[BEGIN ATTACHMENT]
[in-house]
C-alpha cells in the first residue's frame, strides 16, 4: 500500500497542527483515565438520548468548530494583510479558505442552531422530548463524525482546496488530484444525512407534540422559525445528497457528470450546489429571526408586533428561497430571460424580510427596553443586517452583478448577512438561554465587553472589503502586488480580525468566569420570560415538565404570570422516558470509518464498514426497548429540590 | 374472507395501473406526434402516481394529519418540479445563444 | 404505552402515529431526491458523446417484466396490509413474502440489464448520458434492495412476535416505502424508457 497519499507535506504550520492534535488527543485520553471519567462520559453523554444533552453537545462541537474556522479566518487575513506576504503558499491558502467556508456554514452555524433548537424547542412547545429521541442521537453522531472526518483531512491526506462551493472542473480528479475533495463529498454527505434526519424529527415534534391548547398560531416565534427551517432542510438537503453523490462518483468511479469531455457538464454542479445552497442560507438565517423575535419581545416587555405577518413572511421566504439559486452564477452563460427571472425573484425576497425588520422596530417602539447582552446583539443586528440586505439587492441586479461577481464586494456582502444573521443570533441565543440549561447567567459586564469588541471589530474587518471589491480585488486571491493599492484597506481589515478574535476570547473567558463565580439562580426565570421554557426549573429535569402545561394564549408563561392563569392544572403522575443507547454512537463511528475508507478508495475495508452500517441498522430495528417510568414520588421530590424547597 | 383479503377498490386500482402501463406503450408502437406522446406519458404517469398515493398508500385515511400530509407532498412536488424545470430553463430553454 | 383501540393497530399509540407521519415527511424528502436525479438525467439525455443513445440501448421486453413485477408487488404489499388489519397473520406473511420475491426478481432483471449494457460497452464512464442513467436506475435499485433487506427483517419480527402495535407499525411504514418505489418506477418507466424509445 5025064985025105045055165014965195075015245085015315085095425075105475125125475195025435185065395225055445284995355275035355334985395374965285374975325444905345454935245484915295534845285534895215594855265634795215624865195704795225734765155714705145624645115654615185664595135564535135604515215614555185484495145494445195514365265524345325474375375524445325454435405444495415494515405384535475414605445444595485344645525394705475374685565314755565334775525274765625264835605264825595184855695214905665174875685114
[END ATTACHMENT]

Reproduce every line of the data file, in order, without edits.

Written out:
[in-house]
C-alpha cells in the first residue's frame, strides 16, 4: 500500500497542527483515565438520548468548530494583510479558505442552531422530548463524525482546496488530484444525512407534540422559525445528497457528470450546489429571526408586533428561497430571460424580510427596553443586517452583478448577512438561554465587553472589503502586488480580525468566569420570560415538565404570570422516558470509518464498514426497548429540590 | 374472507395501473406526434402516481394529519418540479445563444 | 404505552402515529431526491458523446417484466396490509413474502440489464448520458434492495412476535416505502424508457 497519499507535506504550520492534535488527543485520553471519567462520559453523554444533552453537545462541537474556522479566518487575513506576504503558499491558502467556508456554514452555524433548537424547542412547545429521541442521537453522531472526518483531512491526506462551493472542473480528479475533495463529498454527505434526519424529527415534534391548547398560531416565534427551517432542510438537503453523490462518483468511479469531455457538464454542479445552497442560507438565517423575535419581545416587555405577518413572511421566504439559486452564477452563460427571472425573484425576497425588520422596530417602539447582552446583539443586528440586505439587492441586479461577481464586494456582502444573521443570533441565543440549561447567567459586564469588541471589530474587518471589491480585488486571491493599492484597506481589515478574535476570547473567558463565580439562580426565570421554557426549573429535569402545561394564549408563561392563569392544572403522575443507547454512537463511528475508507478508495475495508452500517441498522430495528417510568414520588421530590424547597 | 383479503377498490386500482402501463406503450408502437406522446406519458404517469398515493398508500385515511400530509407532498412536488424545470430553463430553454 | 383501540393497530399509540407521519415527511424528502436525479438525467439525455443513445440501448421486453413485477408487488404489499388489519397473520406473511420475491426478481432483471449494457460497452464512464442513467436506475435499485433487506427483517419480527402495535407499525411504514418505489418506477418507466424509445 5025064985025105045055165014965195075015245085015315085095425075105475125125475195025435185065395225055445284995355275035355334985395374965285374975325444905345454935245484915295534845285534895215594855265634795215624865195704795225734765155714705145624645115654615185664595135564535135604515215614555185484495145494445195514365265524345325474375375524445325454435405444495415494515405384535475414605445444595485344645525394705475374685565314755565334775525274765625264835605264825595184855695214905665174875685114